Ubimo’s Data Reveals which Woke and Slept Brands Gen Z is Frequenting and Avoiding.
This article is part of our contributor series and originally ran here.
Gen Zers have strong opinions on brands they love and are willing to support and brands they will boycott. Recent research shows that 90% of Gen Zers think companies have an obligation to address social and environmental issues, and 82% said that their favorite brand embraced social responsibility. Brands that are conscious of current issues and take a stance on social justice and environmentalism, like Nike or Patagonia, are deemed “woke” brands. We set out to discover if Gen Zers put their money where their mouth is. Do they visit stores deem woke and avoid “slept” brands that don’t champion and promote a cause?
Using Ubimo’s Polaris, we found Gen Z seems to be penalizing slept brands with less foot traffic to their stores, with one surprising exception. Gen Z is actively avoiding Forever 21, which got in trouble for body shaming, and Victoria's Secret, which has not promoted inclusion in the past. Forever 21 has 56.3% fewer visits from Gen Z than their share of the population, and Victoria’s Secret has 13.6% less visits from Gen Z. These are significantly less visits from Gen Z and suggest that they are avoiding these slept brands. Surprisingly, some slept brands are attracting Gen Z in droves.
When it comes to Chick-fil-A, a brand notorious for its anti gay marriage stance, Gen Z’s store visits do not align with their proclaimed values. We discovered that the fast food chain is wildly popular among the Gen Z population, with their share of visits 26.9% higher than their share of population. Gen Z avoids clothing brands Forever 21 and Victoria's Secret, which they deem slept, but when it comes to food, they visit Chick-fil-A regardless of their controversial political stances.
Ubimo data shows that, overall, Gen Z is not visiting woke brand stores at higher rates. Apple is the only brand that sees a significant lift, or higher share of visitors compared to share of population. In our analysis the Gen Z audience is overrepresented in Apple stores by 17.4%. On the other hand, Gen Z does not particularly frequent Chipotle, a brand that toutes sustainability and environmentalism. The lack of visits from the Gen Z population to woke clothing retailers like Levi, Patagonia, and H&M does not necessarily mean they do not buy these brands; they could be shopping online instead of going into stores. Brands that stake their marketing and brand image on their political stances, including those we studied, are not necessarily converting Gen Z into brick and mortar store visitors.
Securing the loyalty of Gen Z shoppers is critical to the future of brands, since they represent the new generation of consumers with significant spending power. Many brands are trying to tap into social consciousness and be “woke” in the way that the Gen Z audience demands. However, visit patterns show a mixed picture on where Gen Z is actually shopping. Of the brands we analyzed, there is a higher percentage of the Gen Z population visiting “slept” Chick-fil-A than any of the “woke” brands, including Gen Z darling Apple and Chick-fil-A rival Chipotle. This seems counterintuitive, since Gen Zers proclaim investment in social issues, but their actual foot traffic does not always mirror their stated beliefs.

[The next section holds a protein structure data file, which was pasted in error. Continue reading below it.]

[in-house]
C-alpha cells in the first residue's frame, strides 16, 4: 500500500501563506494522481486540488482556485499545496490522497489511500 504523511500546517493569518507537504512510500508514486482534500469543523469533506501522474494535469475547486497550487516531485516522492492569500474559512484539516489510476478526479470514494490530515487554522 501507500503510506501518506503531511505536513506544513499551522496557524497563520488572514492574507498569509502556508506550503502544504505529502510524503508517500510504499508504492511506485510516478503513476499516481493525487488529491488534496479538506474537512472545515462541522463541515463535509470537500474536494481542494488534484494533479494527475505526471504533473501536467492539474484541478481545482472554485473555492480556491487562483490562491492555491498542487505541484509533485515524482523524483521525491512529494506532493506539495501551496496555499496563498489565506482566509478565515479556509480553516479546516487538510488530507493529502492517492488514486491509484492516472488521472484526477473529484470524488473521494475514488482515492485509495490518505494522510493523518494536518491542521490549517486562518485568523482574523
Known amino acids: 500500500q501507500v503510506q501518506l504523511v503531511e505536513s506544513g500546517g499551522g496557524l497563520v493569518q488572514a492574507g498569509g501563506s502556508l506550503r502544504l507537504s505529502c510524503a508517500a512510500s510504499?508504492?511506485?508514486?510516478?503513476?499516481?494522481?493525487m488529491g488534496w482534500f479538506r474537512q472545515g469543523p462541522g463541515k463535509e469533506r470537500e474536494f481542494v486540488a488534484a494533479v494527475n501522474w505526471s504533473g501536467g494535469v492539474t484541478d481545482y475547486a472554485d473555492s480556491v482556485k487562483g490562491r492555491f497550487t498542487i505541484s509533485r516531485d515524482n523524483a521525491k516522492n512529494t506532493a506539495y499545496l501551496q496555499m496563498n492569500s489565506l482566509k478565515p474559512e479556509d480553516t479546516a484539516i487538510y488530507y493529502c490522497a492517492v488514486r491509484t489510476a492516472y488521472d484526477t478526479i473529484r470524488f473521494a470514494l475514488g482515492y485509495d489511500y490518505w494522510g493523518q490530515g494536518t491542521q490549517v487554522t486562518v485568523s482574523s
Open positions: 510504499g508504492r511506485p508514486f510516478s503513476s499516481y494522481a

- We analyzed visitors to Nike, Apple, Patagonia, Levi, Uniqlo, H&M, Athleta, Chipotle, Chick-fil-A, Forever 21, and Victoria’s Secret
- We calculated lift for the Gen Z demographic, defined in the panel as aged 18-24
- Lift is the percent difference compared to the control group (national average for each demographic in the panel)
Disclaimer: This independent analysis is based on Ubimo’s location intelligence platform. As such, Ubimo does not have any relationship with the brands featured in this report, nor should the independent analysis be construed in any way to suggest otherwise. Ubimo data is always anonymized and aggregated.
Greer Bingham is a Strategy & Insights Manager at Ubimo, a Quotient Brand. Passionate about the intersection of data and storytelling, Greer applies analytical methods to produce consumer and location insights. Her work includes market research, white papers, and blogs, and has been published in Adweek and Forbes. When not busy crunching numbers, Greer can be found running in Central Park or cooking new recipes in her tiny NYC kitchen.